NATURAL disasters including drought, floods and storms are the chief priorities for a group of people with disabilities, said climate change expert Vasundhara Jolly.
Speaking at a workshop entitled Disability Inclusion into Climate Change in Phnom Penh on Tuesday, Jolly, who is the climate change adaptation consultant at the United Nations Development Programme (UNDP), requested the government to consider the difficulties facing people with disabilities when drafting government policy in response to it.
“When there are natural disasters such as floods, drought and storms, it is disabled people who experience the most difficulty."
“It not only impacts their physical and mental health, but it also affects their day-to-day life because many of them cannot relocate to a secure location by themselves,” she said.
Ngin Saorath, the executive director of the Cambodian Disabled People’s Organisation (CDPO), told The Post on Tuesday that according to CDPO research on the impact of drought and flooding in recent years, people with all forms of disabilities, and particularly disabled women, were likely to lack access to clean water, sanitation and health care.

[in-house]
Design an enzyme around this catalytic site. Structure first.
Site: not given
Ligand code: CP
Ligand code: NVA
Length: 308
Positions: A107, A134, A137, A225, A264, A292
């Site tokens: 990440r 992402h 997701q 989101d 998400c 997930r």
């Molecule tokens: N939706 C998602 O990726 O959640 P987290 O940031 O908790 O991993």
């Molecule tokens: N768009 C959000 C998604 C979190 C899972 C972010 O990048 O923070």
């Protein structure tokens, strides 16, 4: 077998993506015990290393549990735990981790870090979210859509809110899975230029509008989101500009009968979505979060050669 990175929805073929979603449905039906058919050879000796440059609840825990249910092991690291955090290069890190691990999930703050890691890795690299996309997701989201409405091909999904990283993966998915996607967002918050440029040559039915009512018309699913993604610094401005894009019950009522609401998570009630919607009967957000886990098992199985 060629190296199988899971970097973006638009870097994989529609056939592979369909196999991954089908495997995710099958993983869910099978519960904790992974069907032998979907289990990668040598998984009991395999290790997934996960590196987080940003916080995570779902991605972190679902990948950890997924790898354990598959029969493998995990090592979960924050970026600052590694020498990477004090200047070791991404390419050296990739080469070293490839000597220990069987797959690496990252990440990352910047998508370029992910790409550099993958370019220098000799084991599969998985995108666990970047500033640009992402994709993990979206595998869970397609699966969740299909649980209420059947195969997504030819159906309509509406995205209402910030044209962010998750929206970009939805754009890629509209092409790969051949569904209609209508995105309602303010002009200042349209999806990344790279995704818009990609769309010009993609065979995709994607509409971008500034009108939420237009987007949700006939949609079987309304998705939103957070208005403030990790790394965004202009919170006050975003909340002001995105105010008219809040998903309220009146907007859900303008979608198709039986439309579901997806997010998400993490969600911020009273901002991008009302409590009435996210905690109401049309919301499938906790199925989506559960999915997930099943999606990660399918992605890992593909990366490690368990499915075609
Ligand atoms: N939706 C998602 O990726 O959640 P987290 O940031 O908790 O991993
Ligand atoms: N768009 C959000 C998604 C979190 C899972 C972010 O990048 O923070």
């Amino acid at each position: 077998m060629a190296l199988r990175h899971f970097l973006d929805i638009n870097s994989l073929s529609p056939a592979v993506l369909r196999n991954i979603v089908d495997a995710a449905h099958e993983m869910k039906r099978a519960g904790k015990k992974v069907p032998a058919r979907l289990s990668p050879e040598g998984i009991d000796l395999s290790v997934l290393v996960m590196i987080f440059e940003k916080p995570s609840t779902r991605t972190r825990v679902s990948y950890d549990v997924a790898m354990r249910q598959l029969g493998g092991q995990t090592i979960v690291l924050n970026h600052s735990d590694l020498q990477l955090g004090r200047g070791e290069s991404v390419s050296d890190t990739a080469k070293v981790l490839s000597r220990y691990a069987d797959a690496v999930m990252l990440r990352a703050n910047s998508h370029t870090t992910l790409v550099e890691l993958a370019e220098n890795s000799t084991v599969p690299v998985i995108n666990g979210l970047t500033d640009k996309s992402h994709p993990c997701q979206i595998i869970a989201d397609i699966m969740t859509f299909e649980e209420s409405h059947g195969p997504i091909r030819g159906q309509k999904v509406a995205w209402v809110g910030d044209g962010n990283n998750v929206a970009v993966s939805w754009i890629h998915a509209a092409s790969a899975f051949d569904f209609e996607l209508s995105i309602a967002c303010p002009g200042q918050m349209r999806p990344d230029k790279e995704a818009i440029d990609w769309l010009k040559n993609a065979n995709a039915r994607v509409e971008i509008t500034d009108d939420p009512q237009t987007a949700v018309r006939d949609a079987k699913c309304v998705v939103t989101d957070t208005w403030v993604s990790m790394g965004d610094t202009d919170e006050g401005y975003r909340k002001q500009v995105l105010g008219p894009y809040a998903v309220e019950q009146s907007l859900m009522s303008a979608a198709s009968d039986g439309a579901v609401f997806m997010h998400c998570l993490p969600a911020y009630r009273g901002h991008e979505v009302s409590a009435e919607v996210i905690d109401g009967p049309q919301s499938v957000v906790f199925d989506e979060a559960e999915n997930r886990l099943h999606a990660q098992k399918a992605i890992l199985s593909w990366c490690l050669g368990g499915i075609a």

“Following natural disasters, aid provided by the Cambodian Red Cross through village or commune chiefs is a challenge to gain access to and often inadequate."
“Some women with disabilities do not receive any aid at all after flooding or during droughts,” he said.
Because of this imbalance, Saorath requested all relevant ministries and organisations, in both the public and private sectors, to integrate disabled people into natural disaster rescue programmes.
Soy Sokhon, 49, a resident from Kampong Cham province’s Batheay district and one of some 50 attendees at the workshop – which largely comprised of people with disabilities – told The Post on Tuesday that disabled people already encountered many challenges in their daily lives.
He said when natural disasters occur, their problems are greatly exacerbated.
Sokhon, who has suffered from polio since he was eight years old, said after the workshop that relocating is not a simple task for him because his leg is partially paralysed.
“There were times when I decided not to move to a safe place during floods in the village. Sure, I can go somewhere safe but then it’s hard for me to find a toilet because there aren’t any facilities for disabled people,” he said.
Sokhon was optimistic that the workshop would garner positive results.
He hoped that when devising new policies in response to natural disasters, the authorities would take into account the difficulties facing people with disabilities – especially as climate change increases the likelihood of drought, floods and storms.